Tobacco Workers International Union

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The Tobacco Workers International Union (TWIU) was a labor union representing workers in the tobacco industry in the United States and Canada.



The union was founded on May 25, 1895, at a conference in St. Louis, which brought together ten local unions. Initially named the National Tobacco Workers' Union, becoming the TWIU in 1899. [1]

The union immediately faced opposition from the American Tobacco Company. In response, it promoted a boycott of the company, while encouraging independent companies which permitted it to organize to place union labels in their products. [2] It also fought to end the use of child labor in the tobacco industry, and to improve working conditions. [3]

In 1916, workers in various factories across New York and the Mid West walked out to demand wage increases. This led the union to become more militant, and it had particular success in recruiting workers in North Carolina. By 1920, membership had risen to 15,200, but reversals in North Carolina reduced this figure to only 1,500 in 1925, and the union came close to bankruptcy. However, it recovered through organizing workers in the Axton-Fisher Tobacco Company, which experienced rapid growth. [2]

Working conditions in tobacco factories of Richmond, Virginia were very poor in the 1920s and 1930s, with two writers stating that conditions had "changed very little since the days of slavery." [4] These writers also claimed that Tobacco Workers International Union (TWIU) in Richmond at that time was "entirely ineffective and openly collaborated with the employers." Eventually, in 1937, the Southern Negro Youth Congress, a wing of the CIO's National Negro Congress, established the Tobacco Stemmers' and Laborers' Industrial Union (TSLIU) in Richmond, and these unionization efforts spread to other local workplaces. [4]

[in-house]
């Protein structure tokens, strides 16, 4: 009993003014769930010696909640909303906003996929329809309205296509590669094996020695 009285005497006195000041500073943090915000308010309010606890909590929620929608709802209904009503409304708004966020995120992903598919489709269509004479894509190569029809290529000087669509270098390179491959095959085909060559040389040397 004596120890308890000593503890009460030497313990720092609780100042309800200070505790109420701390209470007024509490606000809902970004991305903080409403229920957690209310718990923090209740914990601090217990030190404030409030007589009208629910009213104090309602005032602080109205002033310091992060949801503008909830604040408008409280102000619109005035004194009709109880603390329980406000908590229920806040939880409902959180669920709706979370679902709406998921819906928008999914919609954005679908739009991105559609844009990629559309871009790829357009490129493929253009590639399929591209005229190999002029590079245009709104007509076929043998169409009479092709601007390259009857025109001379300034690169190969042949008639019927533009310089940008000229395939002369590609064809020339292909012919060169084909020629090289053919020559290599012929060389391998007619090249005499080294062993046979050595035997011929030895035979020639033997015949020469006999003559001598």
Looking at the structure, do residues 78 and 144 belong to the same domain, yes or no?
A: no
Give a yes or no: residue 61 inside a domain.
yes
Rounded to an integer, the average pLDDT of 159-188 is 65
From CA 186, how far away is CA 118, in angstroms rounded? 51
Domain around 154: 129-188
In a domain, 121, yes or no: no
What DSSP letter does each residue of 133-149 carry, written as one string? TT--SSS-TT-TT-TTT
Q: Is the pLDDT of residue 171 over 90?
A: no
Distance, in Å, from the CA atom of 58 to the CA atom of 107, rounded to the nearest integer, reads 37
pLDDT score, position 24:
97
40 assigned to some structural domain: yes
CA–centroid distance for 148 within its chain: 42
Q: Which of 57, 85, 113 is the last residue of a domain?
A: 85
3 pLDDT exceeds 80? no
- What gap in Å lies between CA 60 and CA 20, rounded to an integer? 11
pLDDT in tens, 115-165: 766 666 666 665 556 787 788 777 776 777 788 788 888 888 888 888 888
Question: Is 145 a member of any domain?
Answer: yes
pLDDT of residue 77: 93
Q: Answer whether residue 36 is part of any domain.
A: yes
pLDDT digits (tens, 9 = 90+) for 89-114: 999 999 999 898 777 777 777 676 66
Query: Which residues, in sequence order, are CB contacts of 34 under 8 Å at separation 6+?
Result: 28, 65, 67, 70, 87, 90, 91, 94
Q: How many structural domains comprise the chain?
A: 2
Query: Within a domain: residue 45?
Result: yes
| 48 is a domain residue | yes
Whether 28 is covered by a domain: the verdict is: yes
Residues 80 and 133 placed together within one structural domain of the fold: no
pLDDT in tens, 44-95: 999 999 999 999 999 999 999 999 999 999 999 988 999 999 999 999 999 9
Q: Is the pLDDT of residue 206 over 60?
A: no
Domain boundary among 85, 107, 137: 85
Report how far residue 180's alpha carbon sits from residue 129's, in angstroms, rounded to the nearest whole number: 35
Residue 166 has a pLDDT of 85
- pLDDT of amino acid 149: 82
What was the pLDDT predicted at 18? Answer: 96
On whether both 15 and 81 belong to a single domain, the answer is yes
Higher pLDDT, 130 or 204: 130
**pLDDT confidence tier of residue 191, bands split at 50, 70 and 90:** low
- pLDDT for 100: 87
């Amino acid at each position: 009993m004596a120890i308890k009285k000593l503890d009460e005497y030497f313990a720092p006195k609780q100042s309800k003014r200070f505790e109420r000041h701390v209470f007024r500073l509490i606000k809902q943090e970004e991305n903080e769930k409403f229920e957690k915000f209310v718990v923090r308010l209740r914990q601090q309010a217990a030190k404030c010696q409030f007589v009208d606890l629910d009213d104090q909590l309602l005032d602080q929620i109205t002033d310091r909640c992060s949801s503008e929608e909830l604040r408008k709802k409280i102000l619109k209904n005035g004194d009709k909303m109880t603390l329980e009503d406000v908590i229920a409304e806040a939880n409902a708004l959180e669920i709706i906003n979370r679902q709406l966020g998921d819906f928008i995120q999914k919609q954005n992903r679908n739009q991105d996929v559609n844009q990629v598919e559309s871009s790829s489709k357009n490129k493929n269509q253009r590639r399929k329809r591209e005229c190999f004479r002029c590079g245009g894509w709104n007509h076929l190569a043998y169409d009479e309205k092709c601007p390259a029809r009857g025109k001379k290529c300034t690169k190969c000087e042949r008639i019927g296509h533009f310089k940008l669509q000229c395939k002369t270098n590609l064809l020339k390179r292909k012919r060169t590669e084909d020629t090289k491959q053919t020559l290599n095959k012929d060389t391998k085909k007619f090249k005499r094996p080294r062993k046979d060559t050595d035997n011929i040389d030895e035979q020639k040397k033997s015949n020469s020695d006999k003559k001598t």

The union's leading figure from its formation until 1940 was E. Lewis Evans, who opposed strikes. In order to consolidate his power, he discouraged the arrangement of any conventions; none were held between 1900 and 1939, in which year he was ordered by a court to permit one to be run. At the convention, his perspectives were defeated, and all but one of the executive board were replaced. [2]

The TWIU organized at the Liggett and Myers tobacco plant in Durham, North Carolina for many years around issues of seniority and civil rights. [5]

On August 17, 1978, the TWIU merged into the Bakery and Confectionery Workers' International Union. [1]



1895: John Fischer [6]
1908: A. McAndrews [6]
1921: W. R. Walden [6]
1926: E. Lewis Evans [6]
1940: W. Warren Smith [6]
1943: Radford G. Powell [6]
1944: John O'Hare [6]
1968: Howard W. Vogt [6]
1970: Rene Rondou [6]


1895: E. Lewis Evans
1940: Robert J. Petree
c.1970: Homer Cole

See also

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  1. 1 2 "Inactive Organizations" (PDF). UMD Labor Collections. University of Maryland. Retrieved 18 April 2022.
  2. 1 2 3 Northrup, Herbert R. (1942). "The Tobacco Workers International Union". The Quarterly Journal of Economics. 56 (4): 606–626. doi:10.2307/1883412. JSTOR   1883412.
  3. Tobacco Workers International Union. (1915). Abolish child slavery, make union conditions by purchasing union labeled tobacco, snuff and cigarettes. Louisville, KY: publisher not identified.
  4. 1 2 Fletcher, Bill, Jr., and Peter Agard. "The Indispensable Ally: Black Workers and the Formation of the CIO." The Dispatcher, February 2000
  5. Dries, M. E. (1999). Into the lion's den: TWIU Local 208's fight for seniority rights and civil rights in the Liggett and Myers tobacco plant in Durham, North Carolina, 1937–1968.
  6. 1 2 3 4 5 6 7 8 9 Notable Names in American History. Clifton, New Jersey: James T. White & Company. 1973. p. 559. ISBN   0883710021.

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